071 Immigrants & Institutions in Multiethnic Societies, Panel II: The Effect of Immigration On Institutions

Immigrants and Institutions in Multi-Ethnic Societies
Tuesday, June 25, 2013: 4:00 PM-5:45 PM
5.60 (PC Hoofthuis)
Panel III explores the impact of immigration on national institutions and policies.

While national institutions affect the experiences of people in any country, for immigrants they provide the interface for navigating life in a new setting.  Learning and adapting to new laws, policies, norms, and bureaucracies are important for daily life because these factors ultimately structure possibilities for immigrants in their new country.  It is likely, however, that the relationship between institutions and migration is a dynamic process.  Depending on the characteristics of the foreign-born population, institutions may evolve to meet the challenges of demographic change.  Indeed, those who oppose immigration often argue that immigrants threaten a traditional way of life that is reified in national institutions. This symposium will therefore attempt to answer three related questions: 1) How do institutions (religious, political, economic, and/or social) affect the experiences of immigrants in European countries?  2) How do immigrants impact the institutions of host countries?  3) How does research of this type help us better understand social order and endogenous social change?  Analyses may be comparative or focus on a single case study.  Institutions and immigrant experiences may be economic, political, religious, or social.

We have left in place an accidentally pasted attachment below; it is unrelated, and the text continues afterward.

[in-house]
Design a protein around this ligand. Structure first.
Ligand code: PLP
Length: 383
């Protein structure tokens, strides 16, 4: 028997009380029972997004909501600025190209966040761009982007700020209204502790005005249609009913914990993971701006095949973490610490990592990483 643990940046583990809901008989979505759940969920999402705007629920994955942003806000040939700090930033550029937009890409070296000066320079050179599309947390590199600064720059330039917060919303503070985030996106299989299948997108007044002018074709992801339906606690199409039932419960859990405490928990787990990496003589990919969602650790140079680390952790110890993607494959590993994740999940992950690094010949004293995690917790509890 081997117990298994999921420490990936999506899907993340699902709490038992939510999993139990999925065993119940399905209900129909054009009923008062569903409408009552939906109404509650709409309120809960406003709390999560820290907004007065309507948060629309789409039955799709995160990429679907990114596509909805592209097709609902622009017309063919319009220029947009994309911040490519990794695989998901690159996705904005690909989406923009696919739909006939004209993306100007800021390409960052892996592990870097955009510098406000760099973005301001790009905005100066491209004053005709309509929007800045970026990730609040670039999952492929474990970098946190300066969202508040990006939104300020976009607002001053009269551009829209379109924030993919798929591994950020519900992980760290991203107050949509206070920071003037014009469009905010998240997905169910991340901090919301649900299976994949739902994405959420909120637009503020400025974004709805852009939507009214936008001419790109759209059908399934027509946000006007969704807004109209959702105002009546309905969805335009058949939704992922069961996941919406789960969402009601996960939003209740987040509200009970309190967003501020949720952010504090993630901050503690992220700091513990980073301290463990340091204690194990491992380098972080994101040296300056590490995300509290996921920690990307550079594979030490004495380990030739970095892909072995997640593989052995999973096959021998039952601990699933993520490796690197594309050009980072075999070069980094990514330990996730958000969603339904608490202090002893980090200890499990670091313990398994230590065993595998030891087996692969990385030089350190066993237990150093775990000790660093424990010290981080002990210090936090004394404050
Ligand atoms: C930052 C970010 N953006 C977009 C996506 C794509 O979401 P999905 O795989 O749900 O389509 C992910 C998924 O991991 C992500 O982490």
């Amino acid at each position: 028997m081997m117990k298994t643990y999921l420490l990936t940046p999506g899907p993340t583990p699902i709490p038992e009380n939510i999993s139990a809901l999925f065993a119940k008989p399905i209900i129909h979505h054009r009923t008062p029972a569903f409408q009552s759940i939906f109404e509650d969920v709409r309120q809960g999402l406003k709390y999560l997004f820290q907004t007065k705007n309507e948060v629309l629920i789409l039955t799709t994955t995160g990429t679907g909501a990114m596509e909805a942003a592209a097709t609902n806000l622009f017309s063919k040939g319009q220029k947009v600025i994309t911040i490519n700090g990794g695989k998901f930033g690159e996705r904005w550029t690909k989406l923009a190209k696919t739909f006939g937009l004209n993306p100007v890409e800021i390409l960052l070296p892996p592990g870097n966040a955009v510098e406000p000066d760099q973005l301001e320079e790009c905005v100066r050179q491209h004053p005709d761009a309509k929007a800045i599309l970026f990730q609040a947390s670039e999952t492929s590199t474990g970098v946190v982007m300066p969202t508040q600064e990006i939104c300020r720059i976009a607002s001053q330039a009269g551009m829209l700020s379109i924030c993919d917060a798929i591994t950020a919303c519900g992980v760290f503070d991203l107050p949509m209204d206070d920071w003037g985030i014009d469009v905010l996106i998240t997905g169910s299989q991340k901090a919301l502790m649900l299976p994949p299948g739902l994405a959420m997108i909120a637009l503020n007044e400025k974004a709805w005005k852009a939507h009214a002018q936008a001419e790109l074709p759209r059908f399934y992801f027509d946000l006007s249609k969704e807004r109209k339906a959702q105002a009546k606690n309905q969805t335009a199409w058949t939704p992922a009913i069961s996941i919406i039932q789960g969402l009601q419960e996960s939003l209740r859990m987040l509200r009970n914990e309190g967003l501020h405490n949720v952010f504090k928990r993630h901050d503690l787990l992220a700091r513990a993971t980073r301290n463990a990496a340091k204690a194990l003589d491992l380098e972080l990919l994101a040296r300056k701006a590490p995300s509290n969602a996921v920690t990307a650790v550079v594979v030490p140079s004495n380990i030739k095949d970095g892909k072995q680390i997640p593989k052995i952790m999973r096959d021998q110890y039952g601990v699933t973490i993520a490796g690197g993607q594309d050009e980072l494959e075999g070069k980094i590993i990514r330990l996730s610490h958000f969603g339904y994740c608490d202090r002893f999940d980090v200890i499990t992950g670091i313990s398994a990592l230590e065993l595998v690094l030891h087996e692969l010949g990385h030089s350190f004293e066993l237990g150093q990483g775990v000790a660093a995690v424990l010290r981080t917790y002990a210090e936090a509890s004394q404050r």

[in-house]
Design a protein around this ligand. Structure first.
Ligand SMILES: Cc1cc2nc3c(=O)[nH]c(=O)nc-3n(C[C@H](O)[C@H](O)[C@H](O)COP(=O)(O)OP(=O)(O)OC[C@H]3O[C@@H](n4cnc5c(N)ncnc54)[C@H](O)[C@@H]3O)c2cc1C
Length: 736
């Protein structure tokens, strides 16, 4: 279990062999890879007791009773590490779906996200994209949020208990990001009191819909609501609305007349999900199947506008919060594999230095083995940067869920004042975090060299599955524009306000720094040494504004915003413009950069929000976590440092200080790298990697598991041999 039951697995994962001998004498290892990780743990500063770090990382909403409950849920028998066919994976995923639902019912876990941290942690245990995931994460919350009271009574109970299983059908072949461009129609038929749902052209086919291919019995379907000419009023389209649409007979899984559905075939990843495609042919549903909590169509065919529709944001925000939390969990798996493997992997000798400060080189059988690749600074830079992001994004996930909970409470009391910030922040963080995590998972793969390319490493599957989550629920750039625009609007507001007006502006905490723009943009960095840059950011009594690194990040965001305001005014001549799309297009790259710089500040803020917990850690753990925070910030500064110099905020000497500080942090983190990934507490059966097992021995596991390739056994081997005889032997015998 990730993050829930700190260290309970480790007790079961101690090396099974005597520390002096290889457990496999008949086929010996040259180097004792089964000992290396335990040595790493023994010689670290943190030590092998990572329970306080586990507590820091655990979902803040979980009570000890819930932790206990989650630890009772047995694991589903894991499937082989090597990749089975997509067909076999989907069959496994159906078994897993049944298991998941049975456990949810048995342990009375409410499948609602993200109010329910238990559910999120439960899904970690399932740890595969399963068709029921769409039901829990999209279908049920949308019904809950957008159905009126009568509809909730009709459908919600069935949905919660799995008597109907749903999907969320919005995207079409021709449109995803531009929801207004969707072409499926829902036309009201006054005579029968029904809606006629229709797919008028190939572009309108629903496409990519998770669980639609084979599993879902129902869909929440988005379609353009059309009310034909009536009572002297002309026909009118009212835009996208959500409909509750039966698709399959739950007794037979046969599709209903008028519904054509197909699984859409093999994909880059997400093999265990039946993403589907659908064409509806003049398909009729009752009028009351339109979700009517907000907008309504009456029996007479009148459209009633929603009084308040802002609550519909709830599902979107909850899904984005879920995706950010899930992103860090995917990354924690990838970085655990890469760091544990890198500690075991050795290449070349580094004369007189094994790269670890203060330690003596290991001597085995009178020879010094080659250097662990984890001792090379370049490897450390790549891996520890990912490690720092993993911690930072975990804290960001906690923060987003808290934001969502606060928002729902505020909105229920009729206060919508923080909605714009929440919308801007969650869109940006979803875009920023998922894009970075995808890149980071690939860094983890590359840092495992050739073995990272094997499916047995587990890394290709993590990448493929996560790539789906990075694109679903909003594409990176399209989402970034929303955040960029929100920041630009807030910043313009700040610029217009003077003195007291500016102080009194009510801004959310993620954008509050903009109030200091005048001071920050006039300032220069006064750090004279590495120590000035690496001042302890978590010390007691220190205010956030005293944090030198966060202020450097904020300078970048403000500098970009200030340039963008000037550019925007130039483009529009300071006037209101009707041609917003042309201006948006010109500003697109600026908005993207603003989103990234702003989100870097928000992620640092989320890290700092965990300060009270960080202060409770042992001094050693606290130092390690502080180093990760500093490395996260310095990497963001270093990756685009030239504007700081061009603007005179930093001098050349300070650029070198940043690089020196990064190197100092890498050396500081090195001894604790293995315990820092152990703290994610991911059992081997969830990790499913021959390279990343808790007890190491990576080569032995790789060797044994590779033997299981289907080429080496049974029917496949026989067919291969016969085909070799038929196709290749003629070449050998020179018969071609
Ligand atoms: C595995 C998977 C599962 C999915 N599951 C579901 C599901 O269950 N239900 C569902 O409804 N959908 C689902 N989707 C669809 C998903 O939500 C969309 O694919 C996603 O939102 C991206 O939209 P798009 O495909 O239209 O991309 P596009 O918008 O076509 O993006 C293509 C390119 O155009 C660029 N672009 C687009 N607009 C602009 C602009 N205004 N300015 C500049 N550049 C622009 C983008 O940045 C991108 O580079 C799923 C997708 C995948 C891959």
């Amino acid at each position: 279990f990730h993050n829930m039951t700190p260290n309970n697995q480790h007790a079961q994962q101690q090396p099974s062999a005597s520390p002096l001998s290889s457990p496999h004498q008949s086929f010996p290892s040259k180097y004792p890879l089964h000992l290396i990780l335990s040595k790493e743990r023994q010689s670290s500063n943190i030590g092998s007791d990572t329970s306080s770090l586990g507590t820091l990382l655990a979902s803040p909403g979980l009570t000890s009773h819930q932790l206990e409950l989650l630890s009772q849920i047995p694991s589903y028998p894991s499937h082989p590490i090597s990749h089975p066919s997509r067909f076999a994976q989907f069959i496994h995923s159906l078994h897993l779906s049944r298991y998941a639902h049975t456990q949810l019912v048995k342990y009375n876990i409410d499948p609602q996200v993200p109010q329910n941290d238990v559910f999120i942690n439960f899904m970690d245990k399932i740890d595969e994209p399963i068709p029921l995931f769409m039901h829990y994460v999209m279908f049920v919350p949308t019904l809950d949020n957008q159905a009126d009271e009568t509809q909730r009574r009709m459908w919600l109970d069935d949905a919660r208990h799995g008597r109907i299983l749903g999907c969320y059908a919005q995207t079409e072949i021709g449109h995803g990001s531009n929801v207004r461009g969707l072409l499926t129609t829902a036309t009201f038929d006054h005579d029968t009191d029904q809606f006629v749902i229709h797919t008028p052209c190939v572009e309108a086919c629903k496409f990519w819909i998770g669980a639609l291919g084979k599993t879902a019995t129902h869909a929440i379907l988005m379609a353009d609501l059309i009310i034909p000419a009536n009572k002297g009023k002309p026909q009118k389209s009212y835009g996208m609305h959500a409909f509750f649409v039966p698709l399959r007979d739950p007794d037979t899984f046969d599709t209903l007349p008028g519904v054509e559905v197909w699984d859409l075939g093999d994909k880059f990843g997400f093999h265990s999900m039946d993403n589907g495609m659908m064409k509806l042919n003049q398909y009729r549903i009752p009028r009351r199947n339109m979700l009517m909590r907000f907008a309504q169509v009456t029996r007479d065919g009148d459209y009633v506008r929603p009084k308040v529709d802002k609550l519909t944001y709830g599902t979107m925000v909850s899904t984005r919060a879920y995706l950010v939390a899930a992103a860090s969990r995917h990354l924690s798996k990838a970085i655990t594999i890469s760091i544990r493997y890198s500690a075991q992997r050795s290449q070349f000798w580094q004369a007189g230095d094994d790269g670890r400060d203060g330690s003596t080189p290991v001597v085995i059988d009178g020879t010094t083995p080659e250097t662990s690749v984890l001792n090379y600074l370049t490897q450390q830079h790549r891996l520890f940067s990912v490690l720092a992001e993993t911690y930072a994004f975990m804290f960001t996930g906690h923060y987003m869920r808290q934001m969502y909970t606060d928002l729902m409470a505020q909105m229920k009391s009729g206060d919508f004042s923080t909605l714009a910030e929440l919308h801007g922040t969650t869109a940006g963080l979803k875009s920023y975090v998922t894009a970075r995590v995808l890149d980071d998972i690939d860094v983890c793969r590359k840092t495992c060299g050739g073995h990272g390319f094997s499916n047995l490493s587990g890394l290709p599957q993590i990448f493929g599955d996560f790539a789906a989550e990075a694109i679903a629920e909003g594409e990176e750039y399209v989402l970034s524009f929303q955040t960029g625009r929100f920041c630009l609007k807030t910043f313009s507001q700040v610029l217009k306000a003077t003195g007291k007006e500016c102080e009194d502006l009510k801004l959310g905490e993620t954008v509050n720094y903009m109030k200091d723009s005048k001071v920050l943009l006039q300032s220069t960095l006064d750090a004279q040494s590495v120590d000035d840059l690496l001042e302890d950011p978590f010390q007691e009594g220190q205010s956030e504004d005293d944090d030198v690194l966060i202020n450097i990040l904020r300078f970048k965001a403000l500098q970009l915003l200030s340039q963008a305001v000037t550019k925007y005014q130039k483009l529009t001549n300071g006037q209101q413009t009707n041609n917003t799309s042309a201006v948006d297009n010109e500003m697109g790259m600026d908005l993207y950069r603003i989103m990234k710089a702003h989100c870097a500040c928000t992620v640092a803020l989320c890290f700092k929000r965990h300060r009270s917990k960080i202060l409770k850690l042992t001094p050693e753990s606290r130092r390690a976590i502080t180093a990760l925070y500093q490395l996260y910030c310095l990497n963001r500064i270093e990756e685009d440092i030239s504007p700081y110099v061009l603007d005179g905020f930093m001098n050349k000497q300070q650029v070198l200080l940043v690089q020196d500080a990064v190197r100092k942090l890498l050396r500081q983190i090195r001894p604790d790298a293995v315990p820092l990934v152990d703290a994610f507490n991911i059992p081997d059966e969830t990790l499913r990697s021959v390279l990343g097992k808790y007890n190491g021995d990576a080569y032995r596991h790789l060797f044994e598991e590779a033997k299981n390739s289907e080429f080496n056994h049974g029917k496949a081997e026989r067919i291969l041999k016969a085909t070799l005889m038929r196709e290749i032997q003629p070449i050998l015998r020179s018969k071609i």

Maureen A. Eger
Jan Willem Duyvendak